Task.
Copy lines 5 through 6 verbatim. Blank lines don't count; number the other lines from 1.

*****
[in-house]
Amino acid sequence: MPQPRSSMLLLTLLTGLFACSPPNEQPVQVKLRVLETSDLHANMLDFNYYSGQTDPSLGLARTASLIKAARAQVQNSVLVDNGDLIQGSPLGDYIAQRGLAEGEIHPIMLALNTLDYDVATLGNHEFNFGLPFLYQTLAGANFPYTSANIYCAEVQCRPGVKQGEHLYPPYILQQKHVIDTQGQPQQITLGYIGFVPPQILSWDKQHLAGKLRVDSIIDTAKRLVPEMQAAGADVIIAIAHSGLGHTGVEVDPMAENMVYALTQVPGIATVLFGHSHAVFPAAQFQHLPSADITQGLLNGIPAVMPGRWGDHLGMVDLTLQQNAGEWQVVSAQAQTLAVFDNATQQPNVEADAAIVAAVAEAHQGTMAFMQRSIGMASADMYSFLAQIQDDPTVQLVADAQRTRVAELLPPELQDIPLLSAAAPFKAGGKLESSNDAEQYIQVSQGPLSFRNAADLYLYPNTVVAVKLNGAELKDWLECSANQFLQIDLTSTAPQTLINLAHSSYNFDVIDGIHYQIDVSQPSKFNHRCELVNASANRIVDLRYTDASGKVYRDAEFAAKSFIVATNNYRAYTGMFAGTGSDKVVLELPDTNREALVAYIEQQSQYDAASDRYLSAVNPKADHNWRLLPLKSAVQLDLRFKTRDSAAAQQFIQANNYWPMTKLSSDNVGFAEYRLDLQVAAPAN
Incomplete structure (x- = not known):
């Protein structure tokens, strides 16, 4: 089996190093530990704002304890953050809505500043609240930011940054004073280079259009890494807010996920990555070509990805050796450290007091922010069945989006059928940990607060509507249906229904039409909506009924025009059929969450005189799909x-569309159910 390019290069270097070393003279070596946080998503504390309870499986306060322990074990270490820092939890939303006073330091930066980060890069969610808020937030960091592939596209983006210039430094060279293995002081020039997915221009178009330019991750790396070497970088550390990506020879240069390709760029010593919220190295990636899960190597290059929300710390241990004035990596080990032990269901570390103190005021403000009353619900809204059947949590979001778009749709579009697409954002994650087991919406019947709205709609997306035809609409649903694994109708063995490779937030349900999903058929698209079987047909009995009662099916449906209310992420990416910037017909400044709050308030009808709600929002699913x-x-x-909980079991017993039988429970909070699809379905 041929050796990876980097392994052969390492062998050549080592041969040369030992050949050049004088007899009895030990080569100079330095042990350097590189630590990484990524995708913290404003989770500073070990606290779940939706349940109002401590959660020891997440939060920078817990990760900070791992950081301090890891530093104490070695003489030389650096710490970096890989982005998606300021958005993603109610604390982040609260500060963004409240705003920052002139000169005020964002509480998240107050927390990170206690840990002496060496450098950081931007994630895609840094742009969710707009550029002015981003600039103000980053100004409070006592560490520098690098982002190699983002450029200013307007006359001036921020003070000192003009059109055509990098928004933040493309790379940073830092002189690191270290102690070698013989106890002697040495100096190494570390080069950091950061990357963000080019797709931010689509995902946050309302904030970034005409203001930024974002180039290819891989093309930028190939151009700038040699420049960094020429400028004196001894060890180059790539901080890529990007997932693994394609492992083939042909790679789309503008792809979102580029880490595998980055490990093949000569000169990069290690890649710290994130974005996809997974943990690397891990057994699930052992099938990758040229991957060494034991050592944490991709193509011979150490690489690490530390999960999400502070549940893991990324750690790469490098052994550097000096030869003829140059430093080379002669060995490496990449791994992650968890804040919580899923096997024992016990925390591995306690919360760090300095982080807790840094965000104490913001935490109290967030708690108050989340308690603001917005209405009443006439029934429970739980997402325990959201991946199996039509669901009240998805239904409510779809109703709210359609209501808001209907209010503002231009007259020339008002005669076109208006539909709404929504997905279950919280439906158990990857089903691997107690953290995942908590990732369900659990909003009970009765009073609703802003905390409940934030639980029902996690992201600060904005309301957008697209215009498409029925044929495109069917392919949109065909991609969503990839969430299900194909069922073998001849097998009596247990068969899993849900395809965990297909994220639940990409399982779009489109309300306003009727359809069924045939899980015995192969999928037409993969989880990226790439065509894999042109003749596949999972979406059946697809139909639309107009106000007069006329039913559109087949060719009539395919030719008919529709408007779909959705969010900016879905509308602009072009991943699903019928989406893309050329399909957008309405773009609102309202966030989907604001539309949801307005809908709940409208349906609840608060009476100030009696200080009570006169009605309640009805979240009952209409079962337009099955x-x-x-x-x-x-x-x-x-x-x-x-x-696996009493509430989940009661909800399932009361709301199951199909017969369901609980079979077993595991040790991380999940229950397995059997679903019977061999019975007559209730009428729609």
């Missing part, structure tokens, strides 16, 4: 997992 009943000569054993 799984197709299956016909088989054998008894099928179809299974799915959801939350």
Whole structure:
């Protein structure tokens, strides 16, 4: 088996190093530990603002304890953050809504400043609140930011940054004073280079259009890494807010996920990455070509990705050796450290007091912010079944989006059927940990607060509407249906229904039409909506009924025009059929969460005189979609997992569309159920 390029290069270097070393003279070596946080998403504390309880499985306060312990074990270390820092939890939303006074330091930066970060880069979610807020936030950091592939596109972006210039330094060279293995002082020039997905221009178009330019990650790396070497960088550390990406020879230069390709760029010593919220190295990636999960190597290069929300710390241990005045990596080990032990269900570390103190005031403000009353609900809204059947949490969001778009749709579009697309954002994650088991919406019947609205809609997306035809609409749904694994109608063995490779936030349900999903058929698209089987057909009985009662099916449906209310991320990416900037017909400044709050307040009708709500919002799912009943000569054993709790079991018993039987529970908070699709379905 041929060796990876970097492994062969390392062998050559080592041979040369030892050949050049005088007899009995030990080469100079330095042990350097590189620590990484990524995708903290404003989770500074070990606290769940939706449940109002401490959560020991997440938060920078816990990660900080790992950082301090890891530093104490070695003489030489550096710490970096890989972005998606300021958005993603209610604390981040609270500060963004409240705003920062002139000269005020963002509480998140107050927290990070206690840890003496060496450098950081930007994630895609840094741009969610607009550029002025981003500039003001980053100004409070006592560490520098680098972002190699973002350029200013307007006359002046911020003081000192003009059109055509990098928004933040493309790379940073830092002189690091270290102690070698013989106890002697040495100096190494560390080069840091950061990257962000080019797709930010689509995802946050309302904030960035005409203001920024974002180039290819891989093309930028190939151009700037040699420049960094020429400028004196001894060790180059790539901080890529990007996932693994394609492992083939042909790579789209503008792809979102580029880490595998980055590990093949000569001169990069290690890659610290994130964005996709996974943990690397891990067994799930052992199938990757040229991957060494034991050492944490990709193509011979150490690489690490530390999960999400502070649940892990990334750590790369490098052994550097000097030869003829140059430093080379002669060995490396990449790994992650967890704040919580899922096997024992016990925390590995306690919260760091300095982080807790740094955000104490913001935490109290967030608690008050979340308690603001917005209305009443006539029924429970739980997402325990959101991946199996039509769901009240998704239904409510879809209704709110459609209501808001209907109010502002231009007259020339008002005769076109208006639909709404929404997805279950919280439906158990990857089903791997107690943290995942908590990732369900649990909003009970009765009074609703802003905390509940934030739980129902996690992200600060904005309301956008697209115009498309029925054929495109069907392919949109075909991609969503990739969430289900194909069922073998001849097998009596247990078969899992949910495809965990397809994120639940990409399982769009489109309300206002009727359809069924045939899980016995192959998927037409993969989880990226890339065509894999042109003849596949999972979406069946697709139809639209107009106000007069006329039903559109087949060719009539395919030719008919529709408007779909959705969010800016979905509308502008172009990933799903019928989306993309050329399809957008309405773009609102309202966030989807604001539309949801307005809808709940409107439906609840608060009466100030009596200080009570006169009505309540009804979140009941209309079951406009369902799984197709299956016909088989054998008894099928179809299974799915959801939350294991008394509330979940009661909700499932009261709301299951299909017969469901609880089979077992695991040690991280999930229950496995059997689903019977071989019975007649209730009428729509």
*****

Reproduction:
């Missing part, structure tokens, strides 16, 4: 997992 009943000569054993 799984197709299956016909088989054998008894099928179809299974799915959801939350």
Whole structure: